They’re especially good for senior dogs, as they can improve all manner of age-related conditions.
Not every dog will eat a cucumber, but if yours will, it makes a great, low-calorie treat or reward for dogs that need to lose a little weight, as they’re mostly water. You can feed your pup quite a few without any adverse effects on their waistline.
They have their fair share of vitamins and minerals too. They’re especially high in vitamin K, which can help treat bleeding problems in dogs.
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If you want a sweet treat for your pup, watermelon is a good choice. Since it’s so full of moisture, it’s fantastic for dehydrated dogs. It also has vitamins A, C, and B-6.
Don’t give them the seeds, though, as those can cause an intestinal blockage. Also, remove the rinds first; while they’re not toxic, they can cause an upset stomach, giving you quite the mess to clean up.
11. Green Beans
Green beans are packed with calcium, iron, and vitamin K. You can give them to your pooch cooked or raw, and many dogs will gobble them right up.
Serve them to your pup plain and unsalted, and it’s best if you cut them up first so your dog won’t choke on them.
Much like chicken, cooked turkey is safe and healthy for dogs. It’s high in protein and is excellent for your pet. That’s why it’s included in so many kibbles.
Don’t give your dog deli meat, however, as it’s loaded with sodium. Also, if the turkey has any fat on it, cut it off first, as that can cause pancreatitis in large quantities.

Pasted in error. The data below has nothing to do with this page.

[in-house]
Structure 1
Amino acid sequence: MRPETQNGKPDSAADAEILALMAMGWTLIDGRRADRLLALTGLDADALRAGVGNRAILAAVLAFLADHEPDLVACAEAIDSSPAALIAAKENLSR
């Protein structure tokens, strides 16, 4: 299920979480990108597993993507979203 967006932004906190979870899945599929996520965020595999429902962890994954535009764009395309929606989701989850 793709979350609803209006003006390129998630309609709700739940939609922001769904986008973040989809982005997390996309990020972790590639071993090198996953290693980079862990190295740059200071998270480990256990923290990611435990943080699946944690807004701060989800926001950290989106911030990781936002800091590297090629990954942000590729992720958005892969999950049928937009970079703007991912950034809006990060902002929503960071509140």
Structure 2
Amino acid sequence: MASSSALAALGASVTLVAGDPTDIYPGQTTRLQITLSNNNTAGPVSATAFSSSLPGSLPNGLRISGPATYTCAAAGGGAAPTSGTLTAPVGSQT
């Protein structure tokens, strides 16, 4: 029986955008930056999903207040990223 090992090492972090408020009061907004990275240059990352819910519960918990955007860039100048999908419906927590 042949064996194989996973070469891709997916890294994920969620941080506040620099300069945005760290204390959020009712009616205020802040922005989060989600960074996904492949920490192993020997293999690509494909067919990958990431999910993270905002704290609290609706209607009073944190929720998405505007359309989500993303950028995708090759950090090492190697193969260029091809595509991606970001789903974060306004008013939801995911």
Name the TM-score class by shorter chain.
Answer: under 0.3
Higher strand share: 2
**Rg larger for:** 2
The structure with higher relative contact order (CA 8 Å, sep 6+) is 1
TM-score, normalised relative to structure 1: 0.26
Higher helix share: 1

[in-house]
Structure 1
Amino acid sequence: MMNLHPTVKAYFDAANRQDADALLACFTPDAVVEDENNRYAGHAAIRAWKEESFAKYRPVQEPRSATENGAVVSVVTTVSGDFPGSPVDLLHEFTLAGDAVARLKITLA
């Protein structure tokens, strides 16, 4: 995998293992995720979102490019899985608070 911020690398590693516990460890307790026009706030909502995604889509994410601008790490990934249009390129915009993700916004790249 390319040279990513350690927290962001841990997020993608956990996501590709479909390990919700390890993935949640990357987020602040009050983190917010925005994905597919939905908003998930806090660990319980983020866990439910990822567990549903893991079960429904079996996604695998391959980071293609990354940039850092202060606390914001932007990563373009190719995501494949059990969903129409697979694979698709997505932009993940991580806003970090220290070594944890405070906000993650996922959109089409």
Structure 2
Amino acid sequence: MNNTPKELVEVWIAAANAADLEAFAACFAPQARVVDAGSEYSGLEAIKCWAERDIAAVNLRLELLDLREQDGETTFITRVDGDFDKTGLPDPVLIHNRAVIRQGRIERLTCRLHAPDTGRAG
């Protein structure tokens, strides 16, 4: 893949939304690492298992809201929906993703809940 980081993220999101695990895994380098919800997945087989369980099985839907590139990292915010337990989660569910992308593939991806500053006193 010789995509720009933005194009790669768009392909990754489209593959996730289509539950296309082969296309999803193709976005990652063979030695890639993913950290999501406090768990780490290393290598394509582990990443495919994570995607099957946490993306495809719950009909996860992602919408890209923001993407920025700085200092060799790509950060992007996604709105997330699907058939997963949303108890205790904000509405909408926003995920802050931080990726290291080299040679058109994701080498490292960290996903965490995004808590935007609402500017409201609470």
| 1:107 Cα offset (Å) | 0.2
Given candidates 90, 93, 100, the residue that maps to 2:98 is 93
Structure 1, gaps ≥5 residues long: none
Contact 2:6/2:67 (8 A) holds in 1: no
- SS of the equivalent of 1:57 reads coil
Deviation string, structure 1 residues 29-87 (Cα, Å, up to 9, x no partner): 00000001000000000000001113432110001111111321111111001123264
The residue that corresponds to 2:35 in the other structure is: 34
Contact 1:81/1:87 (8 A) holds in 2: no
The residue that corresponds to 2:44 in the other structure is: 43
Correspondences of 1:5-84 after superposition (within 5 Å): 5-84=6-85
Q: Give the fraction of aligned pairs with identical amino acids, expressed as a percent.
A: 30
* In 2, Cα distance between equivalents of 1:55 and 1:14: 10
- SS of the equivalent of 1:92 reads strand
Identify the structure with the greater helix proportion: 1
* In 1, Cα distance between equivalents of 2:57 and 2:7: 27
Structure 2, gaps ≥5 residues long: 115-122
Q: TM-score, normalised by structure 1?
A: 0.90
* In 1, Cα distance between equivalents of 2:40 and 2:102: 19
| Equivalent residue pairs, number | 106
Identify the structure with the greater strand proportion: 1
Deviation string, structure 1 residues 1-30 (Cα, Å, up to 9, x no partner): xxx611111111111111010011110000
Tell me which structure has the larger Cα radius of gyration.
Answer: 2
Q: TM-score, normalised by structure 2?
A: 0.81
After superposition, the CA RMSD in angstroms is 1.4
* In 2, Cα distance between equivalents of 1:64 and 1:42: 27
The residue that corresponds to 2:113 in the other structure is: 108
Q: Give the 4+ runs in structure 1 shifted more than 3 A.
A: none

13. White Rice
White rice doesn’t necessarily have much in the way of nutrients for your dog, but it’s extremely easy for dogs to digest. As a result, it’s often prescribed for animals with upset stomachs, especially when paired with plain, boiled chicken.
It has a fair amount of sugar, though, so you should only serve it in moderation to dogs with diabetes.
You have to give it to them in moderation, but a little bit of dairy is fine for your dog to eat — assuming that they’re not lactose intolerant, of course. Whether it’s milk, cheese, or yogurt, you can give it to your pup as a treat every now and then.
Yogurt is especially good, as it’s full of probiotics that are wonderful for your dog’s digestive tract. You can even freeze it and use it as a treat on a hot day.
Bananas are packed with magnesium, which is good for a dog’s bone health. They’re also full of sugar, so you don’t want to give your dog too many. They’re also full of potassium, biotin, and fiber, all of which are necessary for your dog’s health.
It’s a rare dog indeed that will accept asparagus as a treat, but if you can convince your pup to try this stinky vegetable, they’ll enjoy tons of fiber as a result. Be sure to cook it first, though, as raw asparagus can wreak havoc on a dog’s digestive tract.
Whether cooked or raw, spinach is full of iron, vitamin K, and a variety of antioxidants. It’s incredibly healthy for both you and your pup.
It’s unlikely that your dog will eat spinach on its own, but you may have more luck if you mix cooked spinach in with their kibble. It’s worth a shot, anyway.
If your dog is ever backed up, adding pumpkin to their diet could clear things up in a big way. It’s full of fiber and adds heft to their bowel movements, making them both more regular and easier to clean up (and possibly orange in color).
19. Plain Popcorn
No, your dog can’t have the good stuff, so don’t offer them anything that’s coated in salt, oil, and butter. However, plain popcorn is full of zinc, magnesium, and phosphorous, all of which are important parts of any dog’s diet.